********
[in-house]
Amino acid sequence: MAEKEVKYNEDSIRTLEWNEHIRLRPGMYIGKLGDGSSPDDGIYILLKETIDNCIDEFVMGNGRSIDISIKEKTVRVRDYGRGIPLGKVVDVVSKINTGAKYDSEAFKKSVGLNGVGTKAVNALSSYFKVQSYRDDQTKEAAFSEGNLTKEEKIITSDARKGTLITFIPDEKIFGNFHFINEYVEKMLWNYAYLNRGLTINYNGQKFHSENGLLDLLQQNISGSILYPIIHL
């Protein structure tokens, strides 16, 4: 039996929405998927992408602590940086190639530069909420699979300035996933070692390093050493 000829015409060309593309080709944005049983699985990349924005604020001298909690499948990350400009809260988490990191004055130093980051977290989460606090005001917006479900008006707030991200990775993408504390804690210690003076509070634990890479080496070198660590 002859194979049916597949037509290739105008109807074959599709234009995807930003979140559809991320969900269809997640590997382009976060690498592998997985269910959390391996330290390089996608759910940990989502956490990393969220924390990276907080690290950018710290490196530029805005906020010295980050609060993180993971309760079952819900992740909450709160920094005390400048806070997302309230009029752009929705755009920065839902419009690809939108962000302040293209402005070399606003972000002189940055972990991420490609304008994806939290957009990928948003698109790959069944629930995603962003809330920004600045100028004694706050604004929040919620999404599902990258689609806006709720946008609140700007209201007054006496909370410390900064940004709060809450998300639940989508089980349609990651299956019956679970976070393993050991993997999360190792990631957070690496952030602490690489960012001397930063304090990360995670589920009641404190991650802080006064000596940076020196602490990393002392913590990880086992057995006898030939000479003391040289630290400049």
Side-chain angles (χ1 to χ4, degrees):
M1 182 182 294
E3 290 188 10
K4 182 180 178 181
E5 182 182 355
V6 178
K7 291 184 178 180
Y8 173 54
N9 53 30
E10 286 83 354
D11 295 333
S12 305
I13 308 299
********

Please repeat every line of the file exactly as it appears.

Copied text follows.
[in-house]
Amino acid sequence: MAEKEVKYNEDSIRTLEWNEHIRLRPGMYIGKLGDGSSPDDGIYILLKETIDNCIDEFVMGNGRSIDISIKEKTVRVRDYGRGIPLGKVVDVVSKINTGAKYDSEAFKKSVGLNGVGTKAVNALSSYFKVQSYRDDQTKEAAFSEGNLTKEEKIITSDARKGTLITFIPDEKIFGNFHFINEYVEKMLWNYAYLNRGLTINYNGQKFHSENGLLDLLQQNISGSILYPIIHL
């Protein structure tokens, strides 16, 4: 039996929405998927992408602590940086190639530069909420699979300035996933070692390093050493 000829015409060309593309080709944005049983699985990349924005604020001298909690499948990350400009809260988490990191004055130093980051977290989460606090005001917006479900008006707030991200990775993408504390804690210690003076509070634990890479080496070198660590 002859194979049916597949037509290739105008109807074959599709234009995807930003979140559809991320969900269809997640590997382009976060690498592998997985269910959390391996330290390089996608759910940990989502956490990393969220924390990276907080690290950018710290490196530029805005906020010295980050609060993180993971309760079952819900992740909450709160920094005390400048806070997302309230009029752009929705755009920065839902419009690809939108962000302040293209402005070399606003972000002189940055972990991420490609304008994806939290957009990928948003698109790959069944629930995603962003809330920004600045100028004694706050604004929040919620999404599902990258689609806006709720946008609140700007209201007054006496909370410390900064940004709060809450998300639940989508089980349609990651299956019956679970976070393993050991993997999360190792990631957070690496952030602490690489960012001397930063304090990360995670589920009641404190991650802080006064000596940076020196602490990393002392913590990880086992057995006898030939000479003391040289630290400049």
Side-chain angles (χ1 to χ4, degrees):
M1 182 182 294
E3 290 188 10
K4 182 180 178 181
E5 182 182 355
V6 178
K7 291 184 178 180
Y8 173 54
N9 53 30
E10 286 83 354
D11 295 333
S12 305
I13 308 299